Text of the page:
Ogilvy, clams and uncle Carl.

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Oglivy is running a contest in search of the world’s best salesperson.  The contest has its own YouTube channel and with lot of kids graduating in few weeks it is likely to generate lots of entries.  The winner gets a 3-month stint at Ogilvy One.

David Ogilvy started his illustrious career by selling vacuums door-to-door.  He once said, and I paraphrase, “Our business is infected by people who have never sold a thing in their lives.”  His point being, until you look a consumer in the eye while trying to convince them to part with their money, you haven’t practiced the craft.  Copywriters, art directors, coders need to leave the building in other words.

Clams

As a kid growing up on Long Island, I would never eat a hard shell clam.  Buried in the mud, looming like viscera on the shell, briny and showing an otherworldly rainbow of colors, clams weren’t happening here. Not until uncle Carl came in from the West coast, that was.  The rapture with which Uncle Carl slathering these babies onto his tongue, the giggles of enjoyment, the satisfaction in his eyes were not normally reserved for food.  His smile, conquest-like, following the downing of his hard shelled bounty were for me life changing. I was a convert within minutes. And I’ve never looked back.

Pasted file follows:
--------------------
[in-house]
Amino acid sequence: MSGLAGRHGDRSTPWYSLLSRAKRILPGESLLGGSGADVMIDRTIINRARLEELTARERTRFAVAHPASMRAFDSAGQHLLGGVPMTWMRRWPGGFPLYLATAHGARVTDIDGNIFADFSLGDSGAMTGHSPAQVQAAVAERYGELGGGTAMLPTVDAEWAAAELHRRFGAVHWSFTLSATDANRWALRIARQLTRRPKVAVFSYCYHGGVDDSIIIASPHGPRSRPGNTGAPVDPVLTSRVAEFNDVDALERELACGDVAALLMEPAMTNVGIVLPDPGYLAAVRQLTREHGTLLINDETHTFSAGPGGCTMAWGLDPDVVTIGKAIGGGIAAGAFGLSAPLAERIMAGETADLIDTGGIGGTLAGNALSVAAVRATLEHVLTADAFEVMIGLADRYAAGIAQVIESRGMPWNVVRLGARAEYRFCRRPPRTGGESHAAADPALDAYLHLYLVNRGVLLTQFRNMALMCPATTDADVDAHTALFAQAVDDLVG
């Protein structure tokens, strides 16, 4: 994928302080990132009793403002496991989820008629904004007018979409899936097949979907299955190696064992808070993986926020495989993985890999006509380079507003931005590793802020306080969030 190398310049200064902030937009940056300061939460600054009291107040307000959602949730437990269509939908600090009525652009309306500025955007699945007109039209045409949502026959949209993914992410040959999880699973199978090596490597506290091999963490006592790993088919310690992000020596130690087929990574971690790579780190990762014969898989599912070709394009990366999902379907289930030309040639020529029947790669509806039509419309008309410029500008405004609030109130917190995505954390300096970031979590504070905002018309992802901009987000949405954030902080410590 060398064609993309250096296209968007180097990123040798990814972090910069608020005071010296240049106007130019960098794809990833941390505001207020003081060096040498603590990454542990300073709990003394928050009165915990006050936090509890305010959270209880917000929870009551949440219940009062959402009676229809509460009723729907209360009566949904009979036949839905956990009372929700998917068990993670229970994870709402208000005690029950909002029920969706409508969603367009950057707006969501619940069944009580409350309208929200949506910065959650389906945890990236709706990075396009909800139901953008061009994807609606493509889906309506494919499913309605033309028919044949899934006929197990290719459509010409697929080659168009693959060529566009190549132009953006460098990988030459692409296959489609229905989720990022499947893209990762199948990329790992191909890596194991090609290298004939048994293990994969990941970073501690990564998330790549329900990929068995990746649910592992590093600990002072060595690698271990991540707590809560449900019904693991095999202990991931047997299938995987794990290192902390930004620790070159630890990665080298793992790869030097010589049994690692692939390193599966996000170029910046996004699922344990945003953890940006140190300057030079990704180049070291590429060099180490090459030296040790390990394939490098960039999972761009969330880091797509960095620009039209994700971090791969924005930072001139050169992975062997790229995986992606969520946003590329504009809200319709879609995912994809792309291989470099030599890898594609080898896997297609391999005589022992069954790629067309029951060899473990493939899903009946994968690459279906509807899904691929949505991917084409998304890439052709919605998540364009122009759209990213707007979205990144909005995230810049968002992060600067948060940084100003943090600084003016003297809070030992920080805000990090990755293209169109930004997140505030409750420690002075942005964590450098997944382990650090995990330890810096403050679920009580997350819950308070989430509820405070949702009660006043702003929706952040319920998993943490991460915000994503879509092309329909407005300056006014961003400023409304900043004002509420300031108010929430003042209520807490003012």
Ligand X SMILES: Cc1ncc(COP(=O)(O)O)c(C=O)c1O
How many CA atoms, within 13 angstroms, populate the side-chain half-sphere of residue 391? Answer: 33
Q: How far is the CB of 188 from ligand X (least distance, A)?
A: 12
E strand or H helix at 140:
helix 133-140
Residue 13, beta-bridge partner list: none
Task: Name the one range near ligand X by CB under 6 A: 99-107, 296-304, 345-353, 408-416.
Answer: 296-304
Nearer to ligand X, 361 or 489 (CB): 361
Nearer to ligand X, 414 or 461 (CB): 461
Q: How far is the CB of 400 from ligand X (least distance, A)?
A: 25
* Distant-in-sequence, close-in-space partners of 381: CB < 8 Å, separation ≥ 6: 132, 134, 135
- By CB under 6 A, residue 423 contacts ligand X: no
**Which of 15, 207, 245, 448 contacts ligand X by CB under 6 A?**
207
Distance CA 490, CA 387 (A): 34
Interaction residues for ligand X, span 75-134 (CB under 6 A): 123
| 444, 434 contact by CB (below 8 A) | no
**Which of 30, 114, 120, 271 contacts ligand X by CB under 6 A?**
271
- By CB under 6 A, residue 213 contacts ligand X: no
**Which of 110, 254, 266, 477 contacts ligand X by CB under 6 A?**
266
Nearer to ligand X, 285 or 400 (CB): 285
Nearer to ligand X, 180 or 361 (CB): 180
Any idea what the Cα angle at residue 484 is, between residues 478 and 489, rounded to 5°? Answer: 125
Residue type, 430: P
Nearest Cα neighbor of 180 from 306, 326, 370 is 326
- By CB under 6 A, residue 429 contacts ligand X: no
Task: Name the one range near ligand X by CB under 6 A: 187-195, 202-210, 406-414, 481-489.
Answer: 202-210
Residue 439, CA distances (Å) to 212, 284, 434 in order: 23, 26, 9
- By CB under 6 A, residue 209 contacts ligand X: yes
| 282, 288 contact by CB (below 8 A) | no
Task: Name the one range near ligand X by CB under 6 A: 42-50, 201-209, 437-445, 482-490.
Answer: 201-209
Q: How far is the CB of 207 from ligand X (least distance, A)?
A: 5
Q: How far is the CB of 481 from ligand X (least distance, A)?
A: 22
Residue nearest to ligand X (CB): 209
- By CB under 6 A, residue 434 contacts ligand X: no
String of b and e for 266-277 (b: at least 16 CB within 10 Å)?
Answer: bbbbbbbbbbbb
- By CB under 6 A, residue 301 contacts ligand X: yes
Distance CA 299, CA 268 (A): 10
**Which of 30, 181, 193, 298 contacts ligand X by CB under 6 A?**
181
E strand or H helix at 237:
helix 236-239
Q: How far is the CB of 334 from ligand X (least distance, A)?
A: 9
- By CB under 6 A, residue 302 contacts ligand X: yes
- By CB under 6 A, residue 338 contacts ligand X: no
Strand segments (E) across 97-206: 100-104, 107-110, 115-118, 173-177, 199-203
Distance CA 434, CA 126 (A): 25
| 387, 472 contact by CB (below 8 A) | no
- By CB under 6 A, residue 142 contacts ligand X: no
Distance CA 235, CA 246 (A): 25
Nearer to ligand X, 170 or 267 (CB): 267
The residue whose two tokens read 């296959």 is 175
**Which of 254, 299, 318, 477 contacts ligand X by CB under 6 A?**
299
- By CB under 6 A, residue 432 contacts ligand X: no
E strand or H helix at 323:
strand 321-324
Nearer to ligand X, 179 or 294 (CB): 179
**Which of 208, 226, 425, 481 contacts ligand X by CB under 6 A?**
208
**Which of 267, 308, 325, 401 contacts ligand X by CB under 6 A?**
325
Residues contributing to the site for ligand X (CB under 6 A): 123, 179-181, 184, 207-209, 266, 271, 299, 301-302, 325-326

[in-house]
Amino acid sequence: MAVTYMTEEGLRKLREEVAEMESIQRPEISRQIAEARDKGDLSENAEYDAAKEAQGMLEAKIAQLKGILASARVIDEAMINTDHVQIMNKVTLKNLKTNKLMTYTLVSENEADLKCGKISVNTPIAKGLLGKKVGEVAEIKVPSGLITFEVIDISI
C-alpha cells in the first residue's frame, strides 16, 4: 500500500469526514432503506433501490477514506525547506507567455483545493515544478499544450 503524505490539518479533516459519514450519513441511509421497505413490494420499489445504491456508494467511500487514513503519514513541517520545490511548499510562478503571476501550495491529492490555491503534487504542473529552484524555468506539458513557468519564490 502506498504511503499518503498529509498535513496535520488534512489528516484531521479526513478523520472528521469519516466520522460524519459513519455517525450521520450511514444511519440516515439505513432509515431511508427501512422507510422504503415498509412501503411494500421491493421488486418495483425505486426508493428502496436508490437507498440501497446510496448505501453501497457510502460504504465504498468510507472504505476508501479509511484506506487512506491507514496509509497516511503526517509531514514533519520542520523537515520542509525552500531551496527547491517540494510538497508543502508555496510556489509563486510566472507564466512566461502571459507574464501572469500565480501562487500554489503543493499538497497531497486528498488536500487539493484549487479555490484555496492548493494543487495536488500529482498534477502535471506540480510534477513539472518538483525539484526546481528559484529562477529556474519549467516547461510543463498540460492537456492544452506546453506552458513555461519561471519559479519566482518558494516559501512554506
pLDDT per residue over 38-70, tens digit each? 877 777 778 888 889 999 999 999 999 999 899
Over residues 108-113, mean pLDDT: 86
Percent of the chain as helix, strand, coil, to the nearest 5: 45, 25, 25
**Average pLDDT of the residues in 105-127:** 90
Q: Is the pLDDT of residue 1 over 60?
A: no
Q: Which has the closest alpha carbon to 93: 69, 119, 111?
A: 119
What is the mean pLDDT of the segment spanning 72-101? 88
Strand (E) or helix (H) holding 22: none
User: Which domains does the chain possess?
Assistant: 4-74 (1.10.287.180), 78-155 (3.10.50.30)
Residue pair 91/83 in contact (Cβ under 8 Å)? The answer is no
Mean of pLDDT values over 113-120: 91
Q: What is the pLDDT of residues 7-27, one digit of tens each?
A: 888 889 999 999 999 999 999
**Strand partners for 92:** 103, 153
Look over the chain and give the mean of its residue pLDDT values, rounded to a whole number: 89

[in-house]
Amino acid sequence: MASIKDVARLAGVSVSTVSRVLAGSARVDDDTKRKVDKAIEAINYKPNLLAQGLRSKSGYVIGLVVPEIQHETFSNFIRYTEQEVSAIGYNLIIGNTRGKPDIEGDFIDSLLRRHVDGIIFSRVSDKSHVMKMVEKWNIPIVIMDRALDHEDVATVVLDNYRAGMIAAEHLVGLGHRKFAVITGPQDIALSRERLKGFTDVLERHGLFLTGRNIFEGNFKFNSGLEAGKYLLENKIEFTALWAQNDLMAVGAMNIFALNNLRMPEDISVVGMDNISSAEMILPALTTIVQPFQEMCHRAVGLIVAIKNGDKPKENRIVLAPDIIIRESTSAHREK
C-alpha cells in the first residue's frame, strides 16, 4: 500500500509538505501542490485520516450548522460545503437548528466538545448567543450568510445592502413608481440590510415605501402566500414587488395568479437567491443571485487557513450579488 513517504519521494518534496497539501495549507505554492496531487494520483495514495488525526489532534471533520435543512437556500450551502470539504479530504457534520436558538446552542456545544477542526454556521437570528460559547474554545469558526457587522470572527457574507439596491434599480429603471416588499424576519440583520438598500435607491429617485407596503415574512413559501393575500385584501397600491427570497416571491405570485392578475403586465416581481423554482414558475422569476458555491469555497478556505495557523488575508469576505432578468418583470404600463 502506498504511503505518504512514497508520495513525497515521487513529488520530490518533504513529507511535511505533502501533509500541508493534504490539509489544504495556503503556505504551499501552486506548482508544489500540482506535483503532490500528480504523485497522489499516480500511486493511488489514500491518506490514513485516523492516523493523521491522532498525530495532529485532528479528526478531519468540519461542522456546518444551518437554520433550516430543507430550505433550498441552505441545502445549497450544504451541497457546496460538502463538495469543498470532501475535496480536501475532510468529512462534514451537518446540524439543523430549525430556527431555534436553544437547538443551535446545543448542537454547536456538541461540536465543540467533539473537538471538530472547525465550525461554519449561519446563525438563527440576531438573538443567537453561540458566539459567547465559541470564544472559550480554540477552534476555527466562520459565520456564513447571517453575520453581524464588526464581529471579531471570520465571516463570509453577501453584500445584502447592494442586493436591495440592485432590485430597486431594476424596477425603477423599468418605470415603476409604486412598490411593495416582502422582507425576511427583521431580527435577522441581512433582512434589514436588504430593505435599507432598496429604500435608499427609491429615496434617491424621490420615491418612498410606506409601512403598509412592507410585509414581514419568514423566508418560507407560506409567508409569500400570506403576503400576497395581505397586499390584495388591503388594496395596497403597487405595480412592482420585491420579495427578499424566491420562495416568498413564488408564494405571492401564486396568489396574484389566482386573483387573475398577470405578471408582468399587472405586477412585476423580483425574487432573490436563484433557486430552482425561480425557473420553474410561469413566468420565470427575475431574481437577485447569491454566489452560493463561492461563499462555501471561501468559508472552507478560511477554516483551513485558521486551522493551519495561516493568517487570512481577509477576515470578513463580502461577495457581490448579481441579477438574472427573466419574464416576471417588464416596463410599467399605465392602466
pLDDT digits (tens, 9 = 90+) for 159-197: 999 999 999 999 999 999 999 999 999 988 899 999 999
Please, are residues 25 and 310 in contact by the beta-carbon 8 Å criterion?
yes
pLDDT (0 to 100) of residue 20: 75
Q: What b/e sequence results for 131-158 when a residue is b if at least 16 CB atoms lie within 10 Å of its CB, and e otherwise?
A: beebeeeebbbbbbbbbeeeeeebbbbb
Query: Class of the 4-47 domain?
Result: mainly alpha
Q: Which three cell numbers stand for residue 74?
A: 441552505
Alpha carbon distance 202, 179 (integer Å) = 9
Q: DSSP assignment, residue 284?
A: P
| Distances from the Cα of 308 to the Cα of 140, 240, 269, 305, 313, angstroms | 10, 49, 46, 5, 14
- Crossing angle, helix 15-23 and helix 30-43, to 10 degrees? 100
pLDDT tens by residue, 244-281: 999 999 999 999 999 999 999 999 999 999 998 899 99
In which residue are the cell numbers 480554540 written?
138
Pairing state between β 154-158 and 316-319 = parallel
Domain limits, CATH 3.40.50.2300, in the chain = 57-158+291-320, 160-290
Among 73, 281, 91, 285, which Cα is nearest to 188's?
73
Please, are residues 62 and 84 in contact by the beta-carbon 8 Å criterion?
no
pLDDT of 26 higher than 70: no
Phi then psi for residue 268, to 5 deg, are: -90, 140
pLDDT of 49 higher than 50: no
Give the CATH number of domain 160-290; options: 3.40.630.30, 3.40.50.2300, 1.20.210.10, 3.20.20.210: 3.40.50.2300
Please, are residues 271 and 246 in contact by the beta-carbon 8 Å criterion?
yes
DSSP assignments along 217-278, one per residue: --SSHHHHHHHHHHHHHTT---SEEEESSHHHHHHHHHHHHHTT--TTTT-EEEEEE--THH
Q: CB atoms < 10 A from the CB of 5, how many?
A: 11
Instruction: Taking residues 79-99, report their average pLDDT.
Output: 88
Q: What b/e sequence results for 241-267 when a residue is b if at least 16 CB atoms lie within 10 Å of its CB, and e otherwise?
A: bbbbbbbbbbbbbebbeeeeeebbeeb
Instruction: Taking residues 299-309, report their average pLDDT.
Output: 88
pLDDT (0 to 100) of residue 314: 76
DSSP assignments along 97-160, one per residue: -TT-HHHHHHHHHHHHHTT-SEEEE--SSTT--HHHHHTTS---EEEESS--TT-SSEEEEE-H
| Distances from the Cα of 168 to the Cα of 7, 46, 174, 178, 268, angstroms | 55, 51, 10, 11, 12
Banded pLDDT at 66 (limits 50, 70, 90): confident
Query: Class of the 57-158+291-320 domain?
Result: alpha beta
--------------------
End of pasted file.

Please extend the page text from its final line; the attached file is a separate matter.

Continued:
Salesmanship

What does it take to “turn” someone from a hater to a fan? Salesmanship. That’s People, Place and Thing.  The People are believable spokespeople — an expert or someone really trusted.  Place has to do with context. Corona sells better on the beach. And Thing, the Thing is the tangible reason to believe. The Thing isn’t someone “telling you to buy” it’s the unique good the product offers when purchased or used.  In uncle Carl’s case the Thing was his palpable rapture.  Get all three right and you are selling.  Otherwise, you are just broadcasting. Peace!